ADA Goes to the Movies
The Justice Department's civil rights office sues the company that brought stadium seating to movie theaters.
11:00 PM, Jan 23, 2003 • By JONATHAN V. LAST
And how come, for that matter, if John Scott Russell's "Treatise" is such an obvious, clarifying guide to the ADA, Judge Cooper herself is unwilling to spell out the details? In a footnote to her opinion, Cooper reveals that during oral argument AMC asked for "as much guidance as possible on this issue." The judge's answer to this plea: "The Court does not today promulgate any hard-and-fast rules."
Crowing about his victory, Ralph F. Boyd Jr.--John Ashcroft's Bill Lann Lee--said, "This court decision ensures that people with disabilities will have a movie-going experience that is comparable to that of other patrons."
But to a large extent, that was already true: Then, as now, if handicapped people were uncomfortable at one of AMC's theaters, they could simply have gone someplace else. There are 28 other movie theaters within 15 miles of the Mission Valley 20; 53 other theaters within 15 miles of the Promenade 16; 58 other theaters within 15 miles of the Fullerton 20; and 72 other theaters within 15-miles of the Norwalk 20. Many other non-handicapped people--who have long legs or an affinity for clean bathrooms--choose the theater that best suits their needs. In these four instances, there's no reason that people in wheelchairs couldn't have done the same.
AMC IS APPEALING Cooper's ruling to the 9th Circuit Court of Appeals, but given the nuttiness of that particular appellate court, the company may very well lose. That would create a conflict in the circuits, since the 5th Circuit has already decided a similar case in favor of the theater owners. If so, USA v. AMC could wind up before the Supreme Court.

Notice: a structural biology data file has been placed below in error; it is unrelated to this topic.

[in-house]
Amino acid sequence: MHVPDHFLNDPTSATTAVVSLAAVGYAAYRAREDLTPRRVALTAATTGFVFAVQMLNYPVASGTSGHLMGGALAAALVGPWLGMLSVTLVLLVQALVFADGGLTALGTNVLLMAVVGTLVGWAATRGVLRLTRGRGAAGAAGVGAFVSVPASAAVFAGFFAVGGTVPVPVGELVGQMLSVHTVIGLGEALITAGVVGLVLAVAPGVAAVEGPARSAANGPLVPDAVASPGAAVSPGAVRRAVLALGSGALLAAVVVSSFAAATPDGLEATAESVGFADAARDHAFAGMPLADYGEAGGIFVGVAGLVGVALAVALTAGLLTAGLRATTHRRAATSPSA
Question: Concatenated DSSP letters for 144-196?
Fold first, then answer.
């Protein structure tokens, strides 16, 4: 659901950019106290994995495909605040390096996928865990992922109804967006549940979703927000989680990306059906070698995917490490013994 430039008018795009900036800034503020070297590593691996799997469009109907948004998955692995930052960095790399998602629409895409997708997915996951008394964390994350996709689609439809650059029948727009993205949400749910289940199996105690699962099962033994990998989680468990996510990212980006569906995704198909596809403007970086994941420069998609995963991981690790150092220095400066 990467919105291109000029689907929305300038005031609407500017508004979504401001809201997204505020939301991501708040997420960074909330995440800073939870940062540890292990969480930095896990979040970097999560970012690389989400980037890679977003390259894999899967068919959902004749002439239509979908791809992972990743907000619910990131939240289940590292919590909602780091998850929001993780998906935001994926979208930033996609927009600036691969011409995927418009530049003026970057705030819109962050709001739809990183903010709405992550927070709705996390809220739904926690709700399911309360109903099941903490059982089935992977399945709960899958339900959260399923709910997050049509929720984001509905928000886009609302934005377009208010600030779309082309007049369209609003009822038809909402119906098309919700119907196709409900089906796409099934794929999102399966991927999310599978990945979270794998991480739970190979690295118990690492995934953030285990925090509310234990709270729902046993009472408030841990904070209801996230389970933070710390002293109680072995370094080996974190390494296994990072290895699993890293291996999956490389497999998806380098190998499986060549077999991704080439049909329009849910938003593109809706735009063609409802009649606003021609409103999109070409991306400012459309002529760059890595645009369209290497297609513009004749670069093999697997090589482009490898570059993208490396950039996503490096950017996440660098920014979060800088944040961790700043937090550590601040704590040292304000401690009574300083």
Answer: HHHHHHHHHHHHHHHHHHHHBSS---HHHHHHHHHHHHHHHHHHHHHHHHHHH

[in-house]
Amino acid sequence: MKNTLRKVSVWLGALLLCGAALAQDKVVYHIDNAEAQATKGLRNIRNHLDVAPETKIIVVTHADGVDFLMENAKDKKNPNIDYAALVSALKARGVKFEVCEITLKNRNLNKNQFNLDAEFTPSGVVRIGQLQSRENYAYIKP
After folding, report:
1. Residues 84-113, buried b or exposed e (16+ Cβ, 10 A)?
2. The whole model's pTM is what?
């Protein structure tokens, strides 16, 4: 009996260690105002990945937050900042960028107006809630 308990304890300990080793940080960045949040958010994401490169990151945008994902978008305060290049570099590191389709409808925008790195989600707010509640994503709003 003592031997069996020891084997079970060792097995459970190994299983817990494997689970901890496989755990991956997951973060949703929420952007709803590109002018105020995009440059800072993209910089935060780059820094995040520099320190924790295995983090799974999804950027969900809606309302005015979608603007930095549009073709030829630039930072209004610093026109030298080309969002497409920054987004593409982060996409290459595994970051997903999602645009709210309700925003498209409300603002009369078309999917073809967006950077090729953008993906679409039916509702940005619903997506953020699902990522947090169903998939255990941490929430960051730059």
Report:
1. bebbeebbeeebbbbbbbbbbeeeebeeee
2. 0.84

The Catch-22 AMC finds itself in is commonplace, but infuriating. They ask for guidance from the government and are given none; they hold to the letter of the law, and are told that they should have divined its spirit.
What makes this case different, though, is that AMC is now being charged with an ADA violation for a design innovation that has actually dramatically improved the disabled patron's moviegoing experience. Stadium seating wasn't perfect at first. But AMC has since perfected it. If you're confined to a wheelchair and you go to a stadium-seat theater built after 1997, your experience will be markedly better than it would have been any time before 1994. Indeed, you'll have the best seats in the house. And for that, you have AMC to thank.
ADA had nothing to do with this advance. But the people who brought us its benefits are being punished for their ingenuity, and ADA has everything to do with that.
Jonathan V. Last is online editor of The Weekly Standard.